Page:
Posted 27 April 2009 - 10:11 AM
For all of the reasons mentioned here, yes, I think school uniforms are great.
Posted 27 April 2009 - 10:12 AM
Definitely love school uniforms here. And I agree, it is even more important in high school. My DDs' names are down at a private school in our area, and one of my major reasons was the uniform policy.
Posted 27 April 2009 - 10:14 AM
I like it for two reasons. One is the reason that others have mentioned, having grown up with friends who could afford "better" or brand name clothes while not being in that position myself it was good to have that difference taken away on a day-to-day basis. The other reason is simply that it is incredibly difficult to find appropriate girl's clothing at a reasonable cost - by appropriate I mean it covers the shoulders, not low cut, not too short, made from decent fabric that is sun resistant. I'm glad my daughter is going to school in a uniform instead of a flimsy sundress or a ra-ra skirt because that is all I can find at the shops.
Oh, I just thought of a third reason, being in Darwin means that without a uniform there is no way our kids could wear shorts and t-shirts through the dry season if there was no uniform because the retailers sell winter clothes like they do down south so if the kids outgrow or damage their summer stuff we can't replace it until around August.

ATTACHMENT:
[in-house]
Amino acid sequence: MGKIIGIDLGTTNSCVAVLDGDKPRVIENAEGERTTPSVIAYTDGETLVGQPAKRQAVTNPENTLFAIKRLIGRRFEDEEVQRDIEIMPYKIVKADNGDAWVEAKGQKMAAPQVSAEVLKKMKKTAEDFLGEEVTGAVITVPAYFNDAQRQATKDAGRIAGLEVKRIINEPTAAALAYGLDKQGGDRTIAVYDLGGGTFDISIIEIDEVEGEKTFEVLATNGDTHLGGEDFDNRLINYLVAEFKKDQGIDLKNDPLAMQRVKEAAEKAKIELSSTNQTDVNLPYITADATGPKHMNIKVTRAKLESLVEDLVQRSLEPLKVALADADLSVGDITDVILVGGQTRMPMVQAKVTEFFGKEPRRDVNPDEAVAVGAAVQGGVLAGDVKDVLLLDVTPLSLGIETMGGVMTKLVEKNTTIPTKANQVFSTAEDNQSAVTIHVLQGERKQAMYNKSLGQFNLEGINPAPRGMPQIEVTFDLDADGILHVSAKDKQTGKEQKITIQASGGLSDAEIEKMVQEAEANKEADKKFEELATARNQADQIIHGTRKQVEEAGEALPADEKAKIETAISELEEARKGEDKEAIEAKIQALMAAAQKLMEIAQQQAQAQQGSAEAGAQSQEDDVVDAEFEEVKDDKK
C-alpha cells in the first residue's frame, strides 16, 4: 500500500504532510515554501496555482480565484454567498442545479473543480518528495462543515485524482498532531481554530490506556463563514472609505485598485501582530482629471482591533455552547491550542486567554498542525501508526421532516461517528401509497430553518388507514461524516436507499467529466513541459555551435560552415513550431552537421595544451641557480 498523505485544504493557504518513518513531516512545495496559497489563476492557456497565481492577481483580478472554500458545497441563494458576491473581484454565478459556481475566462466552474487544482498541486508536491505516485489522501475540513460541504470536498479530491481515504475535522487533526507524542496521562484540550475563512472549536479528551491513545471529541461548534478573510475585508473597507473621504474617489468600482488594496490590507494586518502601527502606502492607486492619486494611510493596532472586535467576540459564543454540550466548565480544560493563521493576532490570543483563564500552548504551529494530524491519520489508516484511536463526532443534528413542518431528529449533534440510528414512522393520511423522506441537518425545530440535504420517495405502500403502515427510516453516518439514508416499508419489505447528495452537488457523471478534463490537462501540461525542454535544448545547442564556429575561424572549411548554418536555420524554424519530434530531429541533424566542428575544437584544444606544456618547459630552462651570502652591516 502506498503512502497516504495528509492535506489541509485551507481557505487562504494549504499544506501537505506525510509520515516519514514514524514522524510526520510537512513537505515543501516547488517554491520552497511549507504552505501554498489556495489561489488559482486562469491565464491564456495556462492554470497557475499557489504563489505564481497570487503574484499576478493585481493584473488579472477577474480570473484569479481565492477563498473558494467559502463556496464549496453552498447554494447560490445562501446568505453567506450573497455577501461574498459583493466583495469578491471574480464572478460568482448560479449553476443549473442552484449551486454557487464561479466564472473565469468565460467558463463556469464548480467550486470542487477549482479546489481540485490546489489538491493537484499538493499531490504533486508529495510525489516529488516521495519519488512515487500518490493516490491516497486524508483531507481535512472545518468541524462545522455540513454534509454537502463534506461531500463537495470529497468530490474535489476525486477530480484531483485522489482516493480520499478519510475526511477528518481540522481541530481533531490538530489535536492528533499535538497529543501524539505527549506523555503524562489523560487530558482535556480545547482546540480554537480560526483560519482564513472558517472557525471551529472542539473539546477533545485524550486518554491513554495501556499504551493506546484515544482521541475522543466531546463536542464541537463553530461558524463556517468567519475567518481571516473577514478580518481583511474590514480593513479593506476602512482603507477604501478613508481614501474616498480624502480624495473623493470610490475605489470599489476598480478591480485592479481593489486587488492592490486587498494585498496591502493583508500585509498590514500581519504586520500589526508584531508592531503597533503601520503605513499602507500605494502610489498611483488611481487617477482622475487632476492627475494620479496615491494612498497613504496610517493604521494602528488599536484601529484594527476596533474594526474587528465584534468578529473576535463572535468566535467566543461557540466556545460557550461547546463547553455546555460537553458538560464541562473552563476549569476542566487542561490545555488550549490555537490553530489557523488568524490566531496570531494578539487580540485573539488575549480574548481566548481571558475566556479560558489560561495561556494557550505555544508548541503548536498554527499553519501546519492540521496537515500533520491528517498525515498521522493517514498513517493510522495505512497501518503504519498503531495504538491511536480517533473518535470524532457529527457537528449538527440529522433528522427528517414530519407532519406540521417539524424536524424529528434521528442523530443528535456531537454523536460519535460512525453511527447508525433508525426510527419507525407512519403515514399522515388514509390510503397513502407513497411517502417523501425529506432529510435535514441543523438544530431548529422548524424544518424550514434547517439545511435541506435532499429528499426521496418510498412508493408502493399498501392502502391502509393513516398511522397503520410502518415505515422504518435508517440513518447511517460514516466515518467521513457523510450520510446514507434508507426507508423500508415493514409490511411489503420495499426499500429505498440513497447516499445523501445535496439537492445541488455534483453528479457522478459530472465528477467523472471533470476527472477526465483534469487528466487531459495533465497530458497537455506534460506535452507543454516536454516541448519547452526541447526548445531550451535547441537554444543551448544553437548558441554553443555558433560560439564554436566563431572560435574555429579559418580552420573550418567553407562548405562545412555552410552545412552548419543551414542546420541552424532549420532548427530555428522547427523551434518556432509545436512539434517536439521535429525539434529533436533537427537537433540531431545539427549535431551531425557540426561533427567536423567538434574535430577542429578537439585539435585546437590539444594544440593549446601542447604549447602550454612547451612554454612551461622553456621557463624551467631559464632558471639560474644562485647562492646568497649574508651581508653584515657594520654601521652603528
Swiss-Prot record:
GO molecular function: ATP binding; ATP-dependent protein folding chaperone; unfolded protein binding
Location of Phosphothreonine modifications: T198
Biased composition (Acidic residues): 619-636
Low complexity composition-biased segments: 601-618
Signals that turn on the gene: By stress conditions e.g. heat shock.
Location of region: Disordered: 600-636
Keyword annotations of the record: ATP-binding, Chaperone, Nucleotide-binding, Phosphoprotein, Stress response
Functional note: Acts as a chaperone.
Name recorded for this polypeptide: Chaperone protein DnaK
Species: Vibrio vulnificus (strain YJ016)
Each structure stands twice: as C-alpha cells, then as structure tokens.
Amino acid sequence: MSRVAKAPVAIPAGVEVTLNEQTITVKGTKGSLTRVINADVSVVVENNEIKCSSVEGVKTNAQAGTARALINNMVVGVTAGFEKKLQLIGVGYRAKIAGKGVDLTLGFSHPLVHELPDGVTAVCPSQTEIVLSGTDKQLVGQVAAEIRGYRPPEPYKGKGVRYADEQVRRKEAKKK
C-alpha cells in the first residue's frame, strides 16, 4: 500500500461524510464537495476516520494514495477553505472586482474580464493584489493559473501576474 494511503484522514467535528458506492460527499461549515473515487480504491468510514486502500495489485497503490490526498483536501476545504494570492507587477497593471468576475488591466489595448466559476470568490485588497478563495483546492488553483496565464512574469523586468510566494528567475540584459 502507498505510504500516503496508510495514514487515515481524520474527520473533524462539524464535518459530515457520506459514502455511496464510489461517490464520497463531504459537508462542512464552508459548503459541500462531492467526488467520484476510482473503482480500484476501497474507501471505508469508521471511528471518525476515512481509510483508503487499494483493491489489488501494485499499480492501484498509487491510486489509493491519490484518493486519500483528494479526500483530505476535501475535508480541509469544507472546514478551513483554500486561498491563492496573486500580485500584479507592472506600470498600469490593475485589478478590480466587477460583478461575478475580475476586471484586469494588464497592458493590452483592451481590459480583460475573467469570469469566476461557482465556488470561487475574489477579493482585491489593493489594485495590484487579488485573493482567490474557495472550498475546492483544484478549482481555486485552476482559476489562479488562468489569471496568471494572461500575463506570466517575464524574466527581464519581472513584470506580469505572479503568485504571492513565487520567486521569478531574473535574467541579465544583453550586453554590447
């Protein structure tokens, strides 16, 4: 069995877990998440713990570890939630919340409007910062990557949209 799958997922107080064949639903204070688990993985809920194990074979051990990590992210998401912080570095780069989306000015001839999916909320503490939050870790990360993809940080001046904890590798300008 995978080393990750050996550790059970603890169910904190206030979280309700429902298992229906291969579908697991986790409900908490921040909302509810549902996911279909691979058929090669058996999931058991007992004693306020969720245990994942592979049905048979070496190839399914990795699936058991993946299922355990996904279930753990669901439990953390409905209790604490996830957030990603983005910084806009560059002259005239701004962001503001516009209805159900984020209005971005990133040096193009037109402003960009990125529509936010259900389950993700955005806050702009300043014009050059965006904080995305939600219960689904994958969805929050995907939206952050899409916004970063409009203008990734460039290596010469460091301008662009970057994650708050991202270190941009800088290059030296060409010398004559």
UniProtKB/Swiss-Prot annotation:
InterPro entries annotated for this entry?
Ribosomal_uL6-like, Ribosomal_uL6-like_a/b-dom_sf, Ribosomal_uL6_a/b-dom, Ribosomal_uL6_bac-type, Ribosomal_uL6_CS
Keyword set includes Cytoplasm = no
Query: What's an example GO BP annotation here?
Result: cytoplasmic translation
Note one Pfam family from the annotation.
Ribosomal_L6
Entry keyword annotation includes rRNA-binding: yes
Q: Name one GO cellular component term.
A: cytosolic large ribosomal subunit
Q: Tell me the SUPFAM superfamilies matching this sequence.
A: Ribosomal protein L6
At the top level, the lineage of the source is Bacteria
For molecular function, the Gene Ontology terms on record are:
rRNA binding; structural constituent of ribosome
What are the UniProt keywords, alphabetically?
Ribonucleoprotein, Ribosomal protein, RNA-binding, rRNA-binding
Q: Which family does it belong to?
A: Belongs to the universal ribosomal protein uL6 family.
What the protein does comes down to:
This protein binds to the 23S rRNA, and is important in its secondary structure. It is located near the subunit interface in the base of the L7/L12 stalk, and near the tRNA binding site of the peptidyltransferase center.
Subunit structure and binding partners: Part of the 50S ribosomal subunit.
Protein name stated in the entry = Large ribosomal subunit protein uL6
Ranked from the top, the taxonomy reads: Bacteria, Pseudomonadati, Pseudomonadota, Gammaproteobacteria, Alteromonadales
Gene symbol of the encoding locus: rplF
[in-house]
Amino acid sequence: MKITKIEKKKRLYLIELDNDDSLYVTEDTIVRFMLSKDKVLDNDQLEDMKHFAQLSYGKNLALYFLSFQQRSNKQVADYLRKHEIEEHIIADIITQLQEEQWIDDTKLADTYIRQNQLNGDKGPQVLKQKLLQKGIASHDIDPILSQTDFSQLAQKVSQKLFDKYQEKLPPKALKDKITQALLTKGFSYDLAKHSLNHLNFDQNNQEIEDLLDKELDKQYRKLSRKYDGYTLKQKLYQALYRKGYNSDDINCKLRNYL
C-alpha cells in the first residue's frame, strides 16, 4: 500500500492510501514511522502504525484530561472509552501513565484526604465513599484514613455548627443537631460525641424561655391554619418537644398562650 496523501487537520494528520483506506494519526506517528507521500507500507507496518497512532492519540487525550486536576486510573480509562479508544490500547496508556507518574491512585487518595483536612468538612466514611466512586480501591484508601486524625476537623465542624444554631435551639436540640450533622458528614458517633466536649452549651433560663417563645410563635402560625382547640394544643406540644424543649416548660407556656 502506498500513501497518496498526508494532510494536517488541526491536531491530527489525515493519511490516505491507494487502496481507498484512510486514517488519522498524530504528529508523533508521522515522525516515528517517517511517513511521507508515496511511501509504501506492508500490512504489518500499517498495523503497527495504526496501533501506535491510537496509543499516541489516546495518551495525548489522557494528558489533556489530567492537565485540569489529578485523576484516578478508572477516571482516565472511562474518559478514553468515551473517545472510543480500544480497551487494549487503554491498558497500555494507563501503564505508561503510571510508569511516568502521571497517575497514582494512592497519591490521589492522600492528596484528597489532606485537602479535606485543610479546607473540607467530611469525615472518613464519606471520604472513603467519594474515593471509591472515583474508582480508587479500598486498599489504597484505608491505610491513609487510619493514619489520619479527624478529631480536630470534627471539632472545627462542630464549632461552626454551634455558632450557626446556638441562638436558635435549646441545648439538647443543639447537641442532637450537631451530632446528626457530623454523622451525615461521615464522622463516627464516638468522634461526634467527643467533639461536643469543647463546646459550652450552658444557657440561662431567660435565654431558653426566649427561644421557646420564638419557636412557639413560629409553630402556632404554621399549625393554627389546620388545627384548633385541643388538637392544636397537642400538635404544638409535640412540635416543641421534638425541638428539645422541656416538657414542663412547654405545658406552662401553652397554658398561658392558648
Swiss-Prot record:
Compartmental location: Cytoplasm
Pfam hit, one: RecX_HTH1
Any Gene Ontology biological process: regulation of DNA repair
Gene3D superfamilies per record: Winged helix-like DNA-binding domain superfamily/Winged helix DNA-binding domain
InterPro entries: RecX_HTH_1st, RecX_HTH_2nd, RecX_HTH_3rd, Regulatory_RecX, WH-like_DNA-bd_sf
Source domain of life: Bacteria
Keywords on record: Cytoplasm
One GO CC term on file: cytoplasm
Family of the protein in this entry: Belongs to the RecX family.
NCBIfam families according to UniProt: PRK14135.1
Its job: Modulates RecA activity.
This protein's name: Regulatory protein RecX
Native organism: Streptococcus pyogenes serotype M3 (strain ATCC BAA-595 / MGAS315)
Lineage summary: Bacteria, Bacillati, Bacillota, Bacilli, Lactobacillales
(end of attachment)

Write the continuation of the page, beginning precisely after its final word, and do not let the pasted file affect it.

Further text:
Posted 27 April 2009 - 10:15 AM
Do kids need school uniforms?I think parents need kids to have school uniforms! Saves money and sanity. I wish I had a uniform (with a few options to account for taste and body shape) for work.
Posted 27 April 2009 - 10:20 AM
meh...i think school uniforms are an expensive waste of time personally. i would much rather send my kids in inexpensive sensible normal clothes than unifroms. what is wrong with trackies/shorts and a t-shirt from your personal selection?
i went to both primary and high school with no uniform and i obviously missed the whole peer pressure=clothes thing as it was a non-issue. my schools had clothing policies from meorey adn we were allowed to wear certain clothes and thatw as it. i do remember wearing jeans to school one winter day and having my mother being rung up and getting trackies brought to me as jeans were on the no-go list.
Posted 27 April 2009 - 10:25 AM
my schools had clothing policies from meorey adn we were allowed to wear certain clothes and thatw as it.
So there was a 'uniform' of sorts then, wasn't there? It may not have all been the same colour or style, but there were limits.
Posted 27 April 2009 - 10:26 AM
Absolutely. I love seeing all the kids in the same uniform. It give them a sense of belonging & school pride. It also eliminates the whole issue of what to wear each day. If DD had her way, she'd wear a pair of tights & a t-shirt to school.
School is about education, not about what each other is wearing.
Posted 27 April 2009 - 10:30 AM
I hate the ironing that comes with it 3 kids, winter uniform 3 days, sports 2 days. So we have 6 pairs of grey pants, 2 pleat pini's and 9 white shirts, to be ironed every week.